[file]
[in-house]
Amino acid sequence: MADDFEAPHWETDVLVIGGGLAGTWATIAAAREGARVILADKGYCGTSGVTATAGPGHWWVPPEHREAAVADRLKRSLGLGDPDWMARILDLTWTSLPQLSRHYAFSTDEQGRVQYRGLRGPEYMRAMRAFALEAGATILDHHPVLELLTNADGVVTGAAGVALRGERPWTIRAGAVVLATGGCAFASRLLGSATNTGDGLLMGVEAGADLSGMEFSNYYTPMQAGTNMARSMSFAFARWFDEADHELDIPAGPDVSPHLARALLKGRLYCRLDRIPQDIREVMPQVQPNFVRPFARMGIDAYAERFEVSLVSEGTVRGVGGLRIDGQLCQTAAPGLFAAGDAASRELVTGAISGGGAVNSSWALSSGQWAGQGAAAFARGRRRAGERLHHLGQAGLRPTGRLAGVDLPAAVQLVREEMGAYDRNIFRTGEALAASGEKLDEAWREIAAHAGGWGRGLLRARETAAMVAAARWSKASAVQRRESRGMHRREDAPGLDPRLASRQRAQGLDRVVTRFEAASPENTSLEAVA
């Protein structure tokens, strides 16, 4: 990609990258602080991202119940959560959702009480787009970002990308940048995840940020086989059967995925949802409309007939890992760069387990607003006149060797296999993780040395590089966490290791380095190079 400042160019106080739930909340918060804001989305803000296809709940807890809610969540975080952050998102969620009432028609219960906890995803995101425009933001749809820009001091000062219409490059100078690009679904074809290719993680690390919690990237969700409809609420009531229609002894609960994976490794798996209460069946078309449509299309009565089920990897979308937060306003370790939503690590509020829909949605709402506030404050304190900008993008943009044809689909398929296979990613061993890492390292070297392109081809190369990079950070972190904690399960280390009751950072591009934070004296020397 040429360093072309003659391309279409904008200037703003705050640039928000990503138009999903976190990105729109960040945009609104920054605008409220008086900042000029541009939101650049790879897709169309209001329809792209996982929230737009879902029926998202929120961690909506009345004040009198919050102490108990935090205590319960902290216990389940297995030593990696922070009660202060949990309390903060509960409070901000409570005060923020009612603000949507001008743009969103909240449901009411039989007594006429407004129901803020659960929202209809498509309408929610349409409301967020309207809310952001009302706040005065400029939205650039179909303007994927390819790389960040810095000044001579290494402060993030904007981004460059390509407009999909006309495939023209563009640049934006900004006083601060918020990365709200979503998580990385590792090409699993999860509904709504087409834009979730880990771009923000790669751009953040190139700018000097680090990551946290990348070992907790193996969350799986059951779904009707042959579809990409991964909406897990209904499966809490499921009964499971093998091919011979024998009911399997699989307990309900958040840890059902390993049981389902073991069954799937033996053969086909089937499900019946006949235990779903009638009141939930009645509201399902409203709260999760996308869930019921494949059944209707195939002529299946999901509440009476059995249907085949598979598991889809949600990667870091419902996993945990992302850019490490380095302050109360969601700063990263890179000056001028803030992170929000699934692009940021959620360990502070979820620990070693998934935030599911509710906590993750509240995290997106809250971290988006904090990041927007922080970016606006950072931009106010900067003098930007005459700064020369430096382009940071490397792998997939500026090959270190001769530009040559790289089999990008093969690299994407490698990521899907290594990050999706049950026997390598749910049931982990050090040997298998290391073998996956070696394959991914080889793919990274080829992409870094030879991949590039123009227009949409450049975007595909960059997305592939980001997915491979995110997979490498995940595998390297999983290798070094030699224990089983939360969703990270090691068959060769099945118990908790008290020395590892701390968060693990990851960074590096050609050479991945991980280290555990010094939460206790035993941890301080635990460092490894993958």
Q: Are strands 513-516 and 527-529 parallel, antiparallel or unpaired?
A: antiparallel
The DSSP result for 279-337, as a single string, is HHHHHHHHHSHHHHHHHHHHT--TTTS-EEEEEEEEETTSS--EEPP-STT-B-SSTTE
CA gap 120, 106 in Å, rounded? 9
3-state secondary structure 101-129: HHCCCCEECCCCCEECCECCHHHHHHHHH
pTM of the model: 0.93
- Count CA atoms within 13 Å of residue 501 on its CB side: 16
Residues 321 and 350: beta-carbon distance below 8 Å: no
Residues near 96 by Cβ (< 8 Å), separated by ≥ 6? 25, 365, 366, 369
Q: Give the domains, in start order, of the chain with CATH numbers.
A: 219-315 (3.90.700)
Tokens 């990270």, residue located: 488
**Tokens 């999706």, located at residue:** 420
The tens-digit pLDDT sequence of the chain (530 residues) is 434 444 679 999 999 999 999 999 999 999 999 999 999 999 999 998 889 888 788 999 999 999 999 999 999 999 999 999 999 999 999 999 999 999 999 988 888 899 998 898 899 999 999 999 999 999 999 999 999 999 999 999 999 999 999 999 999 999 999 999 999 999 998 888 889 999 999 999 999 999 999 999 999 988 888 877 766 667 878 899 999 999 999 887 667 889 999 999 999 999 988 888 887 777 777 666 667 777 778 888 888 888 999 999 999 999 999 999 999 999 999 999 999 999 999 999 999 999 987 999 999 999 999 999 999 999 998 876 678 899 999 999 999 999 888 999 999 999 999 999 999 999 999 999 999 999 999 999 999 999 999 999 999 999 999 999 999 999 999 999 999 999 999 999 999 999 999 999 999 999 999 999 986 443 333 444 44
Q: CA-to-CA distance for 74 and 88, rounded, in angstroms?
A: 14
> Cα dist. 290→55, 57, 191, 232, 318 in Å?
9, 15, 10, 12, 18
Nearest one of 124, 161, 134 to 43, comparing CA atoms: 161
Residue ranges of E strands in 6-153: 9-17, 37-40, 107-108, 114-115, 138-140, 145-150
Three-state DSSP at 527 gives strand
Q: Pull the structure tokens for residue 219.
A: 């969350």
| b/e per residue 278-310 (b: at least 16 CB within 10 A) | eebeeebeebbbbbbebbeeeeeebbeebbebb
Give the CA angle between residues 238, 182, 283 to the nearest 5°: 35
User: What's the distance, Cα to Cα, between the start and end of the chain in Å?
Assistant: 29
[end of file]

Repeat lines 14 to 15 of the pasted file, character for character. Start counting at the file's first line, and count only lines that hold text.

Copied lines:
A: 219-315 (3.90.700)
Tokens 């990270």, residue located: 488